The regression/recoupment standard set forth in State regulation reflects the standard which the Federal Courts have adopted (Cordrey v. Euckert, 917 F 2d 1460 [6th Cir. 1990] cert. den. 499 U.S. 938; Alamo Heights Indep. Sch. Dist. v. State Bd. of Ed. et. al., 790 F 2d 1153 [5th Cir., 1986], Johnson v. Indep. Sch. Dist. No. 4, 921 F 2d 1022 [10th Cir., 1990], cert. den. 500 U.S. 905). It does not require that children with disabilities actually experience regression in their skills before they can become eligible for summer programs and services. However, there must be a reasonable basis for concluding that regression would occur without the provision of summer programs of services. In this instance, I concur with the hearing officer's finding that there was no evidence in the record that the child would substantially regress without a summer program.

        Petitioner appears to concede that her son does not meet the State regulatory criteria for provision of a 12-month educational program. However, she contends that the proposed summer program was not intended to be merely an extension of her son's ten-month academic program. Instead, it was to provide intensive remediation of her son's skill deficits, in order to prepare him for returning to respondent's school for the 1995-96 school year. She argues that a summer program should not be just for children who would substantially regress without a summer program, but should be provided for children whose skills are substantially below grade level. However, I find that there is nothing in the record before me to indicate that this child's needs are different from those of other children with disabilities whose skills are also below grade level, and whose needs are being addressed with a ten-month instructional program. I note that the psychologist who performed the independent evaluation did not expressly recommend that the child receive a summer instructional program.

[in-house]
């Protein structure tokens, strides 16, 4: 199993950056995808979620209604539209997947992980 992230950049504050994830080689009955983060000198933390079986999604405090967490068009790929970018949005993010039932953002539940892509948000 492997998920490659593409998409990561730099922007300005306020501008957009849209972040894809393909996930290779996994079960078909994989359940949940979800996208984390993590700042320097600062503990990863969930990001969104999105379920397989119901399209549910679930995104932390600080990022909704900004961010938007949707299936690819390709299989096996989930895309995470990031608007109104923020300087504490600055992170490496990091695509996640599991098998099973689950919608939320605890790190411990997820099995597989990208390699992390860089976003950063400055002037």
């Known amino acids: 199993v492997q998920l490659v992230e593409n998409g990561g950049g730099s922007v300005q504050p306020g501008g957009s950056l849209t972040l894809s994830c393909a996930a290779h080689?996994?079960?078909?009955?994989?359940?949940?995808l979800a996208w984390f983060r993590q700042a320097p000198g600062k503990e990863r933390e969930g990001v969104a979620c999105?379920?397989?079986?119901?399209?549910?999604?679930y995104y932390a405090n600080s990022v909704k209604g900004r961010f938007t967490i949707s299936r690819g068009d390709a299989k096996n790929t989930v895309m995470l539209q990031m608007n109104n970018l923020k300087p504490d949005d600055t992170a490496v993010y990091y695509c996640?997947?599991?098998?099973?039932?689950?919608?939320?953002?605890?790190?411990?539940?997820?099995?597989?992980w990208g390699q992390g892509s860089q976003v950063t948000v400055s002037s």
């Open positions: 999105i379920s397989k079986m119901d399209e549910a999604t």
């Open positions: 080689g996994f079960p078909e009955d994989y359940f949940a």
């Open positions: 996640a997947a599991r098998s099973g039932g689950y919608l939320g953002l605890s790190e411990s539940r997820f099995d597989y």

I also concur with the hearing officer's determination that the alleged retaliation incident was beyond the scope of his jurisdiction (Application of a Child with a Handicapping Condition, Appeal No. 92-37). Federal regulations accord parents the right to an impartial hearing concerning the evaluation, educational placement, or provision of a free appropriate public education to their children (34 CFR 300.504 [a][1][2]; 34 CFR 300.506 [a]). The alleged incident did not involve any of these matters.

        I have considered petitioner's other contentions, and find them to be without merit.

 

        THE APPEAL IS SUSTAINED TO THE EXTENT INDICATED.

 

 

Dated: Albany, New York __________________________
June , 1996 FRANK MUŅOZ